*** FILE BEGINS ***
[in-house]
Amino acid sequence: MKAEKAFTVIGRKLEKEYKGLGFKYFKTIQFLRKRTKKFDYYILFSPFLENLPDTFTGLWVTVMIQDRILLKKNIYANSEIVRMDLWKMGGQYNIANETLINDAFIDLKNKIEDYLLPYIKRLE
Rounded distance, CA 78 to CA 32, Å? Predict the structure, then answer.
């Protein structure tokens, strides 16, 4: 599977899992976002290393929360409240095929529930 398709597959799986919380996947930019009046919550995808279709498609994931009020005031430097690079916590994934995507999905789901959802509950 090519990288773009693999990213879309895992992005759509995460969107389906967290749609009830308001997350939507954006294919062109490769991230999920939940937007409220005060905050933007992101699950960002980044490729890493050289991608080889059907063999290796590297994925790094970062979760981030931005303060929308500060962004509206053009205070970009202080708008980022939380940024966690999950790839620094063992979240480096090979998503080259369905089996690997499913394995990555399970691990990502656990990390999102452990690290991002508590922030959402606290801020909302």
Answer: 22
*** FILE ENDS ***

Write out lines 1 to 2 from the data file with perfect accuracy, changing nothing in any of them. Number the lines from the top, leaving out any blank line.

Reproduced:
[in-house]
Amino acid sequence: MKAEKAFTVIGRKLEKEYKGLGFKYFKTIQFLRKRTKKFDYYILFSPFLENLPDTFTGLWVTVMIQDRILLKKNIYANSEIVRMDLWKMGGQYNIANETLINDAFIDLKNKIEDYLLPYIKRLE